They found the most vulnerable place in the Soviet social structure. It was not difficult for me to guess this shift, because I had an opportunity to observe and study that hidden part of the Cold War.

In 1979 at one of my public speeches  (“How to kill an elephant with a needle”), I was asked what in my opinion was the most vulnerable point in the Soviet system. I replied: the one that is considered the most reliable, namely, the apparatus of the Communist Party of the Soviet Union, within it – the Central Committee, and within the latter – the General Secretary.

To Homeric laughter in the audience, I said that “if you put your man in that position he will ruin the party apparatus, thus starting a chain reaction resulting in the breakdown of the entire government system and administration. The consequence will be the breakdown of the entire society”. I referred to the precedent of Pizarro.

The reader should not think that I gave that idea to Cold War strategists. They realized that without me. One of the employees of the Intelligence Service told me that soon they (i.e. forces of the West) would put their man on “the soviet throne”.

At that time I did not believe that was possible. I spoke hypothetically of the General Secretary as the West’s “needle”. But Western strategists already considered that to be a realistic proposition. They developed a plan for winning the war: take the supreme power in the Soviet Union under their control by promoting “their” man to the position of the General Secretary of the Central Committee of the Communist Party of the Soviet Union, force him to destroy the CPSU apparatus, implement an overhaul (“perestroika”) that would start a chain reaction and consequent breakdown of the entire Soviet society.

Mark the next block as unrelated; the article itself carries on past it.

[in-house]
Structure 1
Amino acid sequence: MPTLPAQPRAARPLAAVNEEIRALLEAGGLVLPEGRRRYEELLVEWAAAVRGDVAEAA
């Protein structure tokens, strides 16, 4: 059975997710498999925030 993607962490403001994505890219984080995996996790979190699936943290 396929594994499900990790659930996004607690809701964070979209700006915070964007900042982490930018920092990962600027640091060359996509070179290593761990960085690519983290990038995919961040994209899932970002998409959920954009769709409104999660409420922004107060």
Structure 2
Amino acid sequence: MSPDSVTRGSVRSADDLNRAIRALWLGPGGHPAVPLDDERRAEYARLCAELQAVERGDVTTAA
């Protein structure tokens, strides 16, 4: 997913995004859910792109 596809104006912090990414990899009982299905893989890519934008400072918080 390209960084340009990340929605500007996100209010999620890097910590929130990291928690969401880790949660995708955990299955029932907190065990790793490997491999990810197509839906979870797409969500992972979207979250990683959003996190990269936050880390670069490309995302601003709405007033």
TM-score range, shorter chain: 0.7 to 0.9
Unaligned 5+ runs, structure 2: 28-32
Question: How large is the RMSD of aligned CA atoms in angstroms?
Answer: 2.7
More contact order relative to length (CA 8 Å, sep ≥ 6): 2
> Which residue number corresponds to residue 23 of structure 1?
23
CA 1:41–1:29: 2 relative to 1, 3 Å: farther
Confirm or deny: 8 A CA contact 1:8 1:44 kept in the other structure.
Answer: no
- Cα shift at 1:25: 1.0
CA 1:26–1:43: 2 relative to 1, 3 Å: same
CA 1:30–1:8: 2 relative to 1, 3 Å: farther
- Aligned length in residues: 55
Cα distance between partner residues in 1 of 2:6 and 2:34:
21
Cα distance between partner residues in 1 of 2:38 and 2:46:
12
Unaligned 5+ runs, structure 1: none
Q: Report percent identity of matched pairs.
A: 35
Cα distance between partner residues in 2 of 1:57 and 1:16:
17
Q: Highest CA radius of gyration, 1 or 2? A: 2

Such a plan was realistic then because the crisis at the top level of Soviet power was already evident, due to the senescence of the Politburo of the Central Committee of the CPSU.

Soon “their” man in the role of the Western “needle” appeared (if he was not “prepared” in advance). Admittedly, the plan worked well.

What distinguishes this Cold War operation is that the method of “killing an elephant with a needle” was applied against a less powerful, yet mighty opponent, to obviate the possibility of a “hot war” becoming dangerous to the point where the advantages of the West could disappear, as happened in the war of Germany versus the Soviet Union in 1941-1945.

The method in question made it possible to avoid risk and losses, save time and win by proxy. The method invented by the weak to fight stronger opponents was adopted by the most powerful forces on the planet in their war for domination over the entire human race.